Fort Peck Dam is 4 miles long, the world’s second-largest earthen dam, and holds back a lake with 1,600 miles of coastline, more than all of California. Havre, Montana, is named for the French port Le Havre, but its pronunciation is explained in a local legend, told on a hand-carved wooden sign at the station: It seems two fur trappers were fighting over a squaw when one of them, not intending to kill or be killed over a woman, relented and said, “Ah, you can have-er!”

After dinner it’s back to the observation car, where the guy from Maine is telling a black-bear story and the father-son Deadheads are talking to the Amish girls. All four of them are smiling. Some older folks are comparing notes on other trains. The steel mills of Gary, Indiana, from the Lakeshore Limited. The run down the coast on the California Zephyr. What a nice trip the Pioneer used to be, from Denver to Portland, before it got “discontinued.” The lounge-car attendant announces “last call,” and some of the younger crowd go down for a final couple of beers.

Every seat is taken now, and the Rockies are all around us: steep peaks out the right side, a deep valley out the left, stars coming out above us. Somebody says that on a winter run through here they saw two wolves standing on a hillside. Deer are common along the tracks, and have been since Wisconsin. The south fork of the Flathead River is winding along with us. There’s a salt lick along the way where you might see 30 or 40 mountain goats at once. People are making notes, reading books, taking pictures, and pressing their faces to the windows as the last light fades and the mountains retire for the night. Everybody getting off in Glacier Park goes to their seats to pack up. Home Alone 3 comes on the screen, turned up too loud, and we flee the noise and stupidity of it.

Last night, when we stopped in Minneapolis around 2 in the morning, a lot of us got out and walked the length of the train. It’s a long silver spear, aimed west. The engines, even when they’re idling, rumble away all other sounds. Brakes releasing steam always startle you. The engineers, relieved of duty after driving from Chicago, are laughing and slapping each other on the back – but in 30 seconds of overheard conversation, they use a half-dozen different cuss words. They might as well be sailors.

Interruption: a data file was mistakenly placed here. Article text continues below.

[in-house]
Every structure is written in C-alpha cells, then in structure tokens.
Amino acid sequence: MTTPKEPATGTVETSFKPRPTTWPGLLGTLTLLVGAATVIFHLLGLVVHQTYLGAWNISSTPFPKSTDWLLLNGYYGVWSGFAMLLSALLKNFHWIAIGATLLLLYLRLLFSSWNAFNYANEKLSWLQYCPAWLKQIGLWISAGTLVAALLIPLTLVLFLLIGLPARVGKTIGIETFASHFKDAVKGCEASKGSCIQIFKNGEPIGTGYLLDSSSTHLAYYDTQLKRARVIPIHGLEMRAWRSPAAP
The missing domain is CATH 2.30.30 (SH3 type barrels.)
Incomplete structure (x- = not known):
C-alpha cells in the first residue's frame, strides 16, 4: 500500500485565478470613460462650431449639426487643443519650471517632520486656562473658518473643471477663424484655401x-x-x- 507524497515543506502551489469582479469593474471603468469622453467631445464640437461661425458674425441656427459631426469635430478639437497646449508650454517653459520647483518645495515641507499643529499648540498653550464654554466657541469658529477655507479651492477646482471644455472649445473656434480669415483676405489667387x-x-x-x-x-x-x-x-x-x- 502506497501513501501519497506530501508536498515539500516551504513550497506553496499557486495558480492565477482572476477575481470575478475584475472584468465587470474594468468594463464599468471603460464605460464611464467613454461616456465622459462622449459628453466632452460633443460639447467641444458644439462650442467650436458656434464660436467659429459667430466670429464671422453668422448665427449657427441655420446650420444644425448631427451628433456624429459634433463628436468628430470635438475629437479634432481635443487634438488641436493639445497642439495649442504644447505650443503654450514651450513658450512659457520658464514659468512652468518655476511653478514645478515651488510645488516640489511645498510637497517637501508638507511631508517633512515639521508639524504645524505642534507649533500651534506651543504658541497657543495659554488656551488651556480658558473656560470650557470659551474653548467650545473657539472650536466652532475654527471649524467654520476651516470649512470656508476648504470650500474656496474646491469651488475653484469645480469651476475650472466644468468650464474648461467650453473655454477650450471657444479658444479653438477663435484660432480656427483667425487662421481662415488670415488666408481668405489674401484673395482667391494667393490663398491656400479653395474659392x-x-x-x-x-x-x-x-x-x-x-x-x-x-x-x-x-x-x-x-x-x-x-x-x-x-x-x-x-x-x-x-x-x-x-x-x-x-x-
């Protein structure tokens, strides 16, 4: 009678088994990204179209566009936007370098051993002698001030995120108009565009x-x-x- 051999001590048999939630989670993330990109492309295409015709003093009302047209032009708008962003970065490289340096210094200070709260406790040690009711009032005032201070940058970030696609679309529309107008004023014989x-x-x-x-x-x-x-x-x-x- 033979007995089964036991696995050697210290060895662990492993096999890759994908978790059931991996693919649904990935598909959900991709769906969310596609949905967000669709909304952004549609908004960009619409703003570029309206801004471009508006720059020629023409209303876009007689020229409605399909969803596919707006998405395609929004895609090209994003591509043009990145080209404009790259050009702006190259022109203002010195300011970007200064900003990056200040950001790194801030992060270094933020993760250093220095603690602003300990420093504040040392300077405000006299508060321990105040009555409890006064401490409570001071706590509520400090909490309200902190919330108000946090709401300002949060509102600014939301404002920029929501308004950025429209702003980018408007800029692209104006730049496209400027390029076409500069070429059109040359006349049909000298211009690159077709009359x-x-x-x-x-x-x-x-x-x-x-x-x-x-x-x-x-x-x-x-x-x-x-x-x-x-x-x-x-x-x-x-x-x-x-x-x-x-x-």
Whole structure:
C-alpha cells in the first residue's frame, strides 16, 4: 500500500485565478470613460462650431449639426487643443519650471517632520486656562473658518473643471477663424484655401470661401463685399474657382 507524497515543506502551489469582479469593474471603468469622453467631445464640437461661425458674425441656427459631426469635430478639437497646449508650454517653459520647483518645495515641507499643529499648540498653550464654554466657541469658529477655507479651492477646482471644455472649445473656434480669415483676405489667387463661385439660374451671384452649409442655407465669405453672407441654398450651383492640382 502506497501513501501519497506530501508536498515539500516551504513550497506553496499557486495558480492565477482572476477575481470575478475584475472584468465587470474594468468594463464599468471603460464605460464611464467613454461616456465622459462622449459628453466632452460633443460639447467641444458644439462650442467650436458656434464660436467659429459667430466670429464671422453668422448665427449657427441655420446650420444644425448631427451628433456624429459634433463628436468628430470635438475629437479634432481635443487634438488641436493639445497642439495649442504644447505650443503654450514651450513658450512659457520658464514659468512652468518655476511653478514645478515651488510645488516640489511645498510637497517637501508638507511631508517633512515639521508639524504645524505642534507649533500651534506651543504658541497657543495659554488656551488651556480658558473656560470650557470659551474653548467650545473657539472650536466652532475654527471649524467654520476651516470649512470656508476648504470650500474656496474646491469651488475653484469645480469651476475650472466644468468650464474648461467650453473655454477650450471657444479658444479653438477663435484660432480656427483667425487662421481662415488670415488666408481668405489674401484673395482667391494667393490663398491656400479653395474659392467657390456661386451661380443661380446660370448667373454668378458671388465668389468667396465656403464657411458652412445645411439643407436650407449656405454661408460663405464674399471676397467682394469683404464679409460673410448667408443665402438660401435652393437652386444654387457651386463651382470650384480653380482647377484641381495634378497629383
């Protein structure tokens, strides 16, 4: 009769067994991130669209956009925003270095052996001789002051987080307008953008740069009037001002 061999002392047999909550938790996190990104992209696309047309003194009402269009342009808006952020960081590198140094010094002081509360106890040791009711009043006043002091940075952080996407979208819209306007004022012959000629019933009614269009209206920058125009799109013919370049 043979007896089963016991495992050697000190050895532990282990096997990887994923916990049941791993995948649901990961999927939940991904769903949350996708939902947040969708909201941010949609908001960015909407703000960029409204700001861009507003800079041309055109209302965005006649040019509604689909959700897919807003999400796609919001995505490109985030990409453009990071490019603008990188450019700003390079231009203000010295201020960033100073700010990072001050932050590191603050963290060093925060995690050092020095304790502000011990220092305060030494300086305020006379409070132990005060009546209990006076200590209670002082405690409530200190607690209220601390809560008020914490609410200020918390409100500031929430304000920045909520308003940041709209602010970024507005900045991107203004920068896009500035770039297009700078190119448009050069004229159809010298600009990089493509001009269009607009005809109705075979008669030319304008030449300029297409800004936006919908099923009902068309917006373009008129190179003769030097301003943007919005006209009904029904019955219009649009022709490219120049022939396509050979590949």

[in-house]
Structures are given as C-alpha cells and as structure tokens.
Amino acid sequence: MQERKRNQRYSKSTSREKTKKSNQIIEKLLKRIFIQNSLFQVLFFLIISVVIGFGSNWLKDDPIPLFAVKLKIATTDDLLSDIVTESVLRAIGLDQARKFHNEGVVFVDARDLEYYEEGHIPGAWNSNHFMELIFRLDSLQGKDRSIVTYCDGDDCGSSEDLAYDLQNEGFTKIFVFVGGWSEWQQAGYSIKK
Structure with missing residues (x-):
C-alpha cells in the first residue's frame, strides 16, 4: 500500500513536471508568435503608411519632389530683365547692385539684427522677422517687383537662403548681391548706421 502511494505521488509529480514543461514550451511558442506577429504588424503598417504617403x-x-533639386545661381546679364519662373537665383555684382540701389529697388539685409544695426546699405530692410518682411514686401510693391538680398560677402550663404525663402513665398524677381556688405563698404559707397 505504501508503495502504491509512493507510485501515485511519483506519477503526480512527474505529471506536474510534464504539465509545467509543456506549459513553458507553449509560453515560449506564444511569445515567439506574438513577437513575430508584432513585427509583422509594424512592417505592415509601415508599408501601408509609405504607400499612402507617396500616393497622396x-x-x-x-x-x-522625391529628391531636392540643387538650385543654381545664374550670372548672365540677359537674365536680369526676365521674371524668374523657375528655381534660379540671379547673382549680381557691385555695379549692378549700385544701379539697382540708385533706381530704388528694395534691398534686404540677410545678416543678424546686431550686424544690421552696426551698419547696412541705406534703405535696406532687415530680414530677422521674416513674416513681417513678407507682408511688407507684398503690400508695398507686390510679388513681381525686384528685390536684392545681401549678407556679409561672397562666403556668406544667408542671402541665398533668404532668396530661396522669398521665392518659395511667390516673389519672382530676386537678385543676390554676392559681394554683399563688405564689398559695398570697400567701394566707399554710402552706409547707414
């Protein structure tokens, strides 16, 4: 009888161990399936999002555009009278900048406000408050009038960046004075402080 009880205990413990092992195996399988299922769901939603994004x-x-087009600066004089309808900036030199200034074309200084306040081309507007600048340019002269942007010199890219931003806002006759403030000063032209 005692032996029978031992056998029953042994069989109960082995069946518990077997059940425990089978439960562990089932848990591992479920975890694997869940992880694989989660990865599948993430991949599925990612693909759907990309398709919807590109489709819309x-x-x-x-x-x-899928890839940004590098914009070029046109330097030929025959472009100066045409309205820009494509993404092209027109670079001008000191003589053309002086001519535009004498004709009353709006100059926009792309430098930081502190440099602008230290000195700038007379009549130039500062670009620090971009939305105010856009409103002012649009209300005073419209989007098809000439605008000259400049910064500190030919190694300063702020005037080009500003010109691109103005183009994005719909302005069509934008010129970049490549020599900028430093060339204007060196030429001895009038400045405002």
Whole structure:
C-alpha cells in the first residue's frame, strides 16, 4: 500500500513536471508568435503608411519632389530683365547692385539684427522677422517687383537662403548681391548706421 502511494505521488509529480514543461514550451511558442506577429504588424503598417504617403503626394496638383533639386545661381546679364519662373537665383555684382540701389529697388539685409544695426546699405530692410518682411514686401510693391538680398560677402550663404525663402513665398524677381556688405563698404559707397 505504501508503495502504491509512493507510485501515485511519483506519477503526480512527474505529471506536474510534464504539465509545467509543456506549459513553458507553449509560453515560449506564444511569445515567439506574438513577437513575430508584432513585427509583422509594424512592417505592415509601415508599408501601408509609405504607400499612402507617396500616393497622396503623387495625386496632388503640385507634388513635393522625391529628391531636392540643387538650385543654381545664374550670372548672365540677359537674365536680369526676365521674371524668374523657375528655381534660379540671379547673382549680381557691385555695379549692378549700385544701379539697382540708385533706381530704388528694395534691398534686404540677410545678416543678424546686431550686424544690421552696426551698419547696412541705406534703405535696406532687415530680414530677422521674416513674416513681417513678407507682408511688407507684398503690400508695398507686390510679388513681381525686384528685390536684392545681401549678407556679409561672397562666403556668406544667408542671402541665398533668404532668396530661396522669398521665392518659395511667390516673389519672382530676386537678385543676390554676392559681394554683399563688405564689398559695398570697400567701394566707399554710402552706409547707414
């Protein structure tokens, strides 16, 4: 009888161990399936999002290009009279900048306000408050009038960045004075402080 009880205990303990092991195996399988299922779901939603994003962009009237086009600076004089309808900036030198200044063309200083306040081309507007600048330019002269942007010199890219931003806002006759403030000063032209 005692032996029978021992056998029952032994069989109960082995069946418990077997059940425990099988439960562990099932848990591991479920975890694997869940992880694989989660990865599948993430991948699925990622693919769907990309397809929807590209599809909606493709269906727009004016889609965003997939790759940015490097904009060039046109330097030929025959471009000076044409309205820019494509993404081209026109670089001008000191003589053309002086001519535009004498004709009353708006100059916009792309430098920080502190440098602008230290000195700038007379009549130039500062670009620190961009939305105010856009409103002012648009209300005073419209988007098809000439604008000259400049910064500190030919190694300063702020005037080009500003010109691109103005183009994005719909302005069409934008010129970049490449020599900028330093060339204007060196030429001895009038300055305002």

Back on board to get some sleep. You can throw down some fairly serious money and get a sleeper car. Even the economy sleepers – two seats facing each other that fold into tight-fit bunk beds – will add triple digits to your fare, although they do let you lie down for the night, and the fare includes all meals. The bigger ones might be worth it if the kids are along, but for all intents and purposes coach is just fine. The seats in coach are wide and cushy with pop-up leg rests, and if everybody cranks their seats all the way back, nobody loses leg room. Besides, you can see out both sides of the train, and there are people to talk to. Riding the train, after all, is about seeing the country and talking to folks along the way.

At first light, it’s back up to the observation car for the run down the Columbia River Gorge into Portland. In Spokane, which you cruise through about two stories off the ground at 2 or 3 in the morning, the train splits, and half of our little town goes to Seattle. The rest of us fight for space and try to decide which side to sit on: the right for the cliffs, waterfalls, and moss growing on the high rocks, or the left for the views of the West’s greatest river flowing through a 2,000-foot gorge. There is much hopping back and forth and many shouts of “Honey, look,” especially when you round the bend above Hood River, Oregon, and snow-clad Mount Hood looms up the valley.

You sip your coffee, turn your head constantly, and let your notes descend into phrases: “windsurfers frolic on six-foot waves ... Multnomah Falls over 600 feet high ... an Oregonian rejoices, ‘It’s not raining!’ ... couple says they’re riding their bikes back to Maryland ... Lewis and Clark paddled by here ... have come across the plains, over the mountains, and now down the river, into the city ... what a beautiful country.”

It sure is. And riding the train is a beautiful way to see it.